Always watch the quiet ones

The latest ‘next big thing’ is Leeds United striker Jermaine Beckford.  The Elland Road hot-shot has been knocking in goals for Leeds for a while now but his consistency (20 goals in 07/08; 34 last season and already 22 this season) have elevated him to one of the most talked about transfer window targets.

His FA Cup exploits have certainly helped his profile.  Scoring the winner at Old Trafford will do that for most strikers; doing in for a League One side, ousting the Champions in the 3rd Round will send your reputation stratospheric – at least for a while.  To give Beckford his due, he as good as repeated the trick at White Hart Lane, scoring twice against Spurs to earn Leeds a replay.

However, Thoughtsport question the focus of the attention in the Leeds forward line.  How many times have ‘next big things’ flopped as soon as they secured their ‘big move’?  Robert Fleck was a goal-machine at Norwich – ask Chelsea fans about him.  Savo Milosevic was the answer to Aston Villa’s goal-scoring problems… until he wasn’t.  The list is endless.

Peter Beardsley from Telegraph.co.uk

Face for radio? Peter Beardsley the ultimate front-man foil

Where the problem may be is in the supporting cast.  Alan Shearer was the headline striker at Blackburn Rovers as they romped to the title on the back of Jack Walker’s wallet.  Talk to Rovers fans as they heralded the ‘SAS’ – Shearer and Sutton strike-force.  Neither was as effective without the other.

The same is true for so many ‘big name’ strikers.  Ian Wright?  He

had Mark Bright – now more famous as a TV and radio pundit.  Andrew ‘goal’ Cole?  Dwight Yorke and before that – at Newcastle, Peter Beardsley.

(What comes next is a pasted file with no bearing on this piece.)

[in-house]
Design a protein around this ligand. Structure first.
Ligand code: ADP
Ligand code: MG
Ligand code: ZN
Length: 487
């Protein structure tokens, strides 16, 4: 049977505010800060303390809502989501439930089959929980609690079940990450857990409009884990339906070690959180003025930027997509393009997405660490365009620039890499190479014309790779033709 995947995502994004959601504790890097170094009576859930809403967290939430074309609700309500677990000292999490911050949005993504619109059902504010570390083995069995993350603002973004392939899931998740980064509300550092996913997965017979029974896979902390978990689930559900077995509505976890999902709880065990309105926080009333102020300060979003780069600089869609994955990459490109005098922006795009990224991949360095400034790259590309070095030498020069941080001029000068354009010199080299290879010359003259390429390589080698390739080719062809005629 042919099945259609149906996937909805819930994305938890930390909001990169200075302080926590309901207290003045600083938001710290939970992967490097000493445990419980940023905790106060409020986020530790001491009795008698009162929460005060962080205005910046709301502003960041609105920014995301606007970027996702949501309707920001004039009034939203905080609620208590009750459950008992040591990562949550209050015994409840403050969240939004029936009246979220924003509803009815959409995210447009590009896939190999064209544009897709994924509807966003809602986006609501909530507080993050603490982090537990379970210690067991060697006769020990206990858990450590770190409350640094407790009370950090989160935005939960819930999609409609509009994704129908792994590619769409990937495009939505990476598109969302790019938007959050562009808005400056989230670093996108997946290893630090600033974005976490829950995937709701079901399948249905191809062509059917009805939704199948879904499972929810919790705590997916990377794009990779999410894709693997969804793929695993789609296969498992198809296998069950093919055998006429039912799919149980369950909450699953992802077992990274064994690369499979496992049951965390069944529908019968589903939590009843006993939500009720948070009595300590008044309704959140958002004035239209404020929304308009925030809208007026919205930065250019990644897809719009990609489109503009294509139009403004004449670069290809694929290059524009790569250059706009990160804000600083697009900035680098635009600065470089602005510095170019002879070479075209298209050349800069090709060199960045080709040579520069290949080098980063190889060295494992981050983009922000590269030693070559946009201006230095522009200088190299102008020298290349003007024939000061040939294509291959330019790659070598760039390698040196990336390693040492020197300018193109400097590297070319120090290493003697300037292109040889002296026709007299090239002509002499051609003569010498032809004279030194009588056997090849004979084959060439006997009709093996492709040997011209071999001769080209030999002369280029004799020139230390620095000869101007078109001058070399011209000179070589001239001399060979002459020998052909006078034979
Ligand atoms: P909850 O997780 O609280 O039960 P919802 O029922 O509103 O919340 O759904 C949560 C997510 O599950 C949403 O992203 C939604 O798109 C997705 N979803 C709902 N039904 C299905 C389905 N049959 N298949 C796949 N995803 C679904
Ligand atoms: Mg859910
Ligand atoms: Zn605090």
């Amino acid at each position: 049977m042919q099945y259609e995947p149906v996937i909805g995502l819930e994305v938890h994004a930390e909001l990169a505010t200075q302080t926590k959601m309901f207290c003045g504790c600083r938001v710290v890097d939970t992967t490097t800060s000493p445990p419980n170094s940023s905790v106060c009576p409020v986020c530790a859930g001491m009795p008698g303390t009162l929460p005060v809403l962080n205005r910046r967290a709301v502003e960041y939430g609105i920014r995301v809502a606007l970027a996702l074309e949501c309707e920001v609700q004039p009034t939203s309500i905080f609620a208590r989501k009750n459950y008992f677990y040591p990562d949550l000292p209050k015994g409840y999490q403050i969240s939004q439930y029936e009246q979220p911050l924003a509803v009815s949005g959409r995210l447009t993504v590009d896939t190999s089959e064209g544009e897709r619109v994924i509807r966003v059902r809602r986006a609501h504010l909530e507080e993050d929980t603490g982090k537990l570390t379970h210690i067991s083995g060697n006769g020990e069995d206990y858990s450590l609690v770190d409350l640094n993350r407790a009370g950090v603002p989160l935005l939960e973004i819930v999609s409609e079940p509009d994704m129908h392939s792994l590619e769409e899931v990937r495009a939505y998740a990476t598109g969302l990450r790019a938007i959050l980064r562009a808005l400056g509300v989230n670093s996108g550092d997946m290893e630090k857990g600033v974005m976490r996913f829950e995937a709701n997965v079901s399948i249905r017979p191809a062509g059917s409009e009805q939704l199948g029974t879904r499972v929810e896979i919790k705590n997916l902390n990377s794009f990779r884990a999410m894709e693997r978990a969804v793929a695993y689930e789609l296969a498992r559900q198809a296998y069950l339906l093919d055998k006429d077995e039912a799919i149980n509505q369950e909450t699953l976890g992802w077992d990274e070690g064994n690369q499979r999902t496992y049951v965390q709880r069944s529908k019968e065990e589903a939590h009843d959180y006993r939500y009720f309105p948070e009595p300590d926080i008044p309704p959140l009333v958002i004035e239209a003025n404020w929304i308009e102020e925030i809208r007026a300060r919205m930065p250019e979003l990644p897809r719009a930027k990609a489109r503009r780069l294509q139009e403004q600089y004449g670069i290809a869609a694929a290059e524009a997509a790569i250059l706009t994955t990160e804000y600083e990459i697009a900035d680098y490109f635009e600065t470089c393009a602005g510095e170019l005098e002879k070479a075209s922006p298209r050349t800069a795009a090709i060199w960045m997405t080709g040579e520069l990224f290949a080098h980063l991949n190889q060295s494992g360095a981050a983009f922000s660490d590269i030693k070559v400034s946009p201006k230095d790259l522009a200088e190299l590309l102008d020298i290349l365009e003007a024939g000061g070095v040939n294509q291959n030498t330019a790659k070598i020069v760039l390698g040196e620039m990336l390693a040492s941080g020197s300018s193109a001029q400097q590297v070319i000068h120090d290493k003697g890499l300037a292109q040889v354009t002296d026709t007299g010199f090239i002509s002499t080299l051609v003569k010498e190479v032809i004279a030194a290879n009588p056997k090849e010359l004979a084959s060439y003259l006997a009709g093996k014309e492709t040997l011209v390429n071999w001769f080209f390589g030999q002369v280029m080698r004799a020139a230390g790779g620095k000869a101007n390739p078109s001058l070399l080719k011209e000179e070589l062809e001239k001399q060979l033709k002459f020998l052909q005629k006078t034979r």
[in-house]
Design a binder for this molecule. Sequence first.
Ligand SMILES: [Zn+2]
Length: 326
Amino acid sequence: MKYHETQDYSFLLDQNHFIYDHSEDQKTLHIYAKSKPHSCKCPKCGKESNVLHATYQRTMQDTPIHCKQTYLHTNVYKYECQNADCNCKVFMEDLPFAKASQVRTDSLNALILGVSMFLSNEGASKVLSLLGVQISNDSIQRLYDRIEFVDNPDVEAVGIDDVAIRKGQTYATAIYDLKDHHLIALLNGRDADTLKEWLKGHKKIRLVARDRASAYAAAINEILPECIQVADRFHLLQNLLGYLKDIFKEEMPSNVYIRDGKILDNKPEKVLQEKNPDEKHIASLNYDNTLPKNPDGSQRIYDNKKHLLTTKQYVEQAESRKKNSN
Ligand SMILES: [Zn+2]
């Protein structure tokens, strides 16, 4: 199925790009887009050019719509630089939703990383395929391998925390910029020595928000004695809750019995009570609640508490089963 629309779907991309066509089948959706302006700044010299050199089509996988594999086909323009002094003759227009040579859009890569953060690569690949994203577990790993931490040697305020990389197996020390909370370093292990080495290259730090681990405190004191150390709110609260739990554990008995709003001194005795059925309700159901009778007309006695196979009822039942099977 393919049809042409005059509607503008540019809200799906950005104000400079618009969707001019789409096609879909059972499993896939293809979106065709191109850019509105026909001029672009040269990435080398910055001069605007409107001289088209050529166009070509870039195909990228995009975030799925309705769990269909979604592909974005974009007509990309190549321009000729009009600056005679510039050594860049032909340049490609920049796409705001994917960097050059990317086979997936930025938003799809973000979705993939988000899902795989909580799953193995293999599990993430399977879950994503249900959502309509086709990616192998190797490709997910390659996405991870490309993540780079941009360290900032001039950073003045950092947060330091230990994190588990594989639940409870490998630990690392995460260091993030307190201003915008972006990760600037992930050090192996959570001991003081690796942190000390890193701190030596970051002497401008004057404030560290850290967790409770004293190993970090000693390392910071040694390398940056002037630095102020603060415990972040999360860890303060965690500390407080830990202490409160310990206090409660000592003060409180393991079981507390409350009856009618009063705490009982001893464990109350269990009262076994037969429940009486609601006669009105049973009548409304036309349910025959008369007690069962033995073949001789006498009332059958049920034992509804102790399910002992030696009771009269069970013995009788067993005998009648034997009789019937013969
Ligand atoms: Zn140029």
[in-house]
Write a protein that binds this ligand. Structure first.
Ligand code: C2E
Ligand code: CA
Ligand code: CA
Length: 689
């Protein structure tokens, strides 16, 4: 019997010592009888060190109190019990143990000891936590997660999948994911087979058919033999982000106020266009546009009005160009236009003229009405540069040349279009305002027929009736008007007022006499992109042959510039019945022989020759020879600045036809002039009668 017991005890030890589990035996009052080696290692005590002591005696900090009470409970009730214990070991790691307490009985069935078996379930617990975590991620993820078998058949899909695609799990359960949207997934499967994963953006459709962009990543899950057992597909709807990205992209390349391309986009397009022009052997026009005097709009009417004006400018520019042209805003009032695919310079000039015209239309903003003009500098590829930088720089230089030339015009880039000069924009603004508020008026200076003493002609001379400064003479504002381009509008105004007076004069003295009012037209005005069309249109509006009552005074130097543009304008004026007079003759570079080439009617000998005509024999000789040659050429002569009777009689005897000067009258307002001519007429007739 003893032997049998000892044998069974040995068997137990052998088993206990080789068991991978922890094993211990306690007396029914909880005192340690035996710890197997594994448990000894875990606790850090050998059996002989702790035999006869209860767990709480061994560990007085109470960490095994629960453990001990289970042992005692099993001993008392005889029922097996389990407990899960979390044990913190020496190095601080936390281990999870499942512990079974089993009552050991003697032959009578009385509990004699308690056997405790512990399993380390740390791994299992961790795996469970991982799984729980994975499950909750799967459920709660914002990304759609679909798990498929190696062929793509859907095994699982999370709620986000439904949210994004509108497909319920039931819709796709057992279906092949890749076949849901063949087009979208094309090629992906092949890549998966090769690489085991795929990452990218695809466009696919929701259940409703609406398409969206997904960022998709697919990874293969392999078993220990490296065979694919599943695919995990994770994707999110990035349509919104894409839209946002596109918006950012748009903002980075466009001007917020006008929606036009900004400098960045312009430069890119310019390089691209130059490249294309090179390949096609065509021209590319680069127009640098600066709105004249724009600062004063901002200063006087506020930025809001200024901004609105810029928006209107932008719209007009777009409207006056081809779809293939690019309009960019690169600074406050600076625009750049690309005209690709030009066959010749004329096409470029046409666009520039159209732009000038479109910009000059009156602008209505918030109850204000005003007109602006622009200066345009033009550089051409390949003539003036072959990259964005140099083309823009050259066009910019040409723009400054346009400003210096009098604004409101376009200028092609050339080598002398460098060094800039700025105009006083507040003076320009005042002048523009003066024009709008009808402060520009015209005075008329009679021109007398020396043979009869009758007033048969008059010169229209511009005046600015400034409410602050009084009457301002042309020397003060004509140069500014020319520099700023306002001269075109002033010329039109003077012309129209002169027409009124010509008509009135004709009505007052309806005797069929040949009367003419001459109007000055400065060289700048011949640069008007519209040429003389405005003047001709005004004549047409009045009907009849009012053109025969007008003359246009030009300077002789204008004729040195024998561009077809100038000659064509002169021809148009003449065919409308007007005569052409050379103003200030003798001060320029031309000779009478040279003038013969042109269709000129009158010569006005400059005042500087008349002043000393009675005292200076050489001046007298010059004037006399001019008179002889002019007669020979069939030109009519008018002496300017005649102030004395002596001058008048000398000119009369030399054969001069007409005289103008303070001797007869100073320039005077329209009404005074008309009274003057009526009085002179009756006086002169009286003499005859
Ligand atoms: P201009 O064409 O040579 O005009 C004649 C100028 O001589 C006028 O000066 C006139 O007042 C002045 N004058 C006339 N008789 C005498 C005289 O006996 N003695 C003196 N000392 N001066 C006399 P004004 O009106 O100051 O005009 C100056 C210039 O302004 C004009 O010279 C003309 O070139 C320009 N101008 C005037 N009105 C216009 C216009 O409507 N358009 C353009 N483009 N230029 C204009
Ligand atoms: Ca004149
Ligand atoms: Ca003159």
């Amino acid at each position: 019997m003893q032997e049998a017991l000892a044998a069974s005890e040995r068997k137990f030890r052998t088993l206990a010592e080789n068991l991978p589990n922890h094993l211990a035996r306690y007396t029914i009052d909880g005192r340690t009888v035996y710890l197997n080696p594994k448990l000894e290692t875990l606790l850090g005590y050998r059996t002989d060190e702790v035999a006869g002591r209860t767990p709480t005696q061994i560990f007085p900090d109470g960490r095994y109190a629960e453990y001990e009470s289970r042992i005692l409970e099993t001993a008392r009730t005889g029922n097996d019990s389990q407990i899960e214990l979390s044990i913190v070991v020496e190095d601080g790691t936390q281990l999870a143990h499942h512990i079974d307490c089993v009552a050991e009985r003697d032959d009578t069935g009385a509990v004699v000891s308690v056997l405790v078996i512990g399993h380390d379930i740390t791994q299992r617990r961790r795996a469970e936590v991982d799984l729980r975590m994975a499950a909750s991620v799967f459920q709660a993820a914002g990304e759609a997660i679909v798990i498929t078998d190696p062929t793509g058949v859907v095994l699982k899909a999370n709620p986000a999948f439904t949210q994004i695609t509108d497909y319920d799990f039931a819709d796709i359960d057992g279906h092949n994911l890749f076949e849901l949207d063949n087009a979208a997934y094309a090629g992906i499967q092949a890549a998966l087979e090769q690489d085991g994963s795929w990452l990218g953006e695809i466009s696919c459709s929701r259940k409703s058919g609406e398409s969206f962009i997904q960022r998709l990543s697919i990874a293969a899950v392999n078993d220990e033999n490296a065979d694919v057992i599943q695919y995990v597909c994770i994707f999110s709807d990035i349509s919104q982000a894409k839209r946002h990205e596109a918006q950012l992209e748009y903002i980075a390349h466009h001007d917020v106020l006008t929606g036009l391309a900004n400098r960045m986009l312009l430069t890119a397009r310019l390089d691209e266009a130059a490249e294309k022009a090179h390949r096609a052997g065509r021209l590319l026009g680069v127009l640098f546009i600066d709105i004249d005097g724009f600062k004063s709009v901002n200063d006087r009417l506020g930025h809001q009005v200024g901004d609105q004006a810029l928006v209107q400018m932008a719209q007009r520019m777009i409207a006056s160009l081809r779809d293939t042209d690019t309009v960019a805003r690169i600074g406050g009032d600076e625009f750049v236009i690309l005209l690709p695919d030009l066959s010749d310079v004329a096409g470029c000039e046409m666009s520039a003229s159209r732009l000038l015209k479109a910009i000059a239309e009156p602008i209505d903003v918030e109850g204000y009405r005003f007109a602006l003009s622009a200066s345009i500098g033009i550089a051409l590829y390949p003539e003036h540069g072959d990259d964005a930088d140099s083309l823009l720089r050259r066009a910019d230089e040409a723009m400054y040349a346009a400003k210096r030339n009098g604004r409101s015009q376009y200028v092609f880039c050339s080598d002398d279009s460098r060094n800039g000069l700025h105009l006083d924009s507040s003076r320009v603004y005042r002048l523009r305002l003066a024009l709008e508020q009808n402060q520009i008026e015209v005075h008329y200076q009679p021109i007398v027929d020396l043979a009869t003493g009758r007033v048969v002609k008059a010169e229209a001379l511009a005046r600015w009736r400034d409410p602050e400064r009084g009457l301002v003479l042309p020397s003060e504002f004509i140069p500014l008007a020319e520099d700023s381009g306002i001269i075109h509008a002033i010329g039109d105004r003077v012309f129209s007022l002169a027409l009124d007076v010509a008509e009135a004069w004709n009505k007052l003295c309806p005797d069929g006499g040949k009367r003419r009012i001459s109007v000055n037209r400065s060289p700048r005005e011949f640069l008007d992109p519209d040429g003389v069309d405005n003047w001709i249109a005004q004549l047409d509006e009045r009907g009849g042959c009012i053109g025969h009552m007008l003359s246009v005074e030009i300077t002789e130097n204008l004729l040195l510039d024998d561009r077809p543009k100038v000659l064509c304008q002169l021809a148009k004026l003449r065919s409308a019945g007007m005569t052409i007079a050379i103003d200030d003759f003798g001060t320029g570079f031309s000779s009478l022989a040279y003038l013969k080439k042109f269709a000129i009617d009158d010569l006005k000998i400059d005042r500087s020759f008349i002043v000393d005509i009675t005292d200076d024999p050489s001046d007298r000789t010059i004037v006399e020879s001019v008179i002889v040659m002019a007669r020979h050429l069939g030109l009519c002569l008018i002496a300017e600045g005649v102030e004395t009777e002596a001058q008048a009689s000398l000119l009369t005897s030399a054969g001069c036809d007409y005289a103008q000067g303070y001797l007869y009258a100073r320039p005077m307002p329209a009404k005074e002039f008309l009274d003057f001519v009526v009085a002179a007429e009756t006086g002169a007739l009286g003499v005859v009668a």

Beardsley was the perfect front-man foil.  Quiet, un-assuming and generous almost to a fault.  There were times when, clear through on goal Beardsley would rather lay on the pass for his more ‘illustrious’ strike partner.

He even made an international career out of it.  Would Gary Lineker have scored as many as his 48 England goals without the ever-reliable Beardsley along side him?  Doubtful.

Beardsley was perfect though – he never complained.  The fact he had a face more suited for chip-paper than newspapers may have played a part too.  Lineker, as he has gone on to prove in his media career, was more suited to life in front of a lens.

One to watch: Robert Snodgrass

One to watch: Robert Snodgrass

For Beckford’s ‘Beardsley’ read Robert Snodgrass.

Unless you’re a die-hard Leeds fan, or support a team in League One (which rules out most football supporters in this country) you won’t have seen much of Leeds’ almost imperious march to the brink of promotion to the Championship.  Therefore, allow me to enlighten you.

Snodgrass is everything Beckford is not.  Short, quiet, unassuming, youthful and loyal.  Having already faced adversity in his burgeoning career north of the border (he’s still only 22) the quicksilver Scotsman is fiercly committed to Leeds who ‘saved’ him – unlike the transfer-demanding (and then retracting) Beckford.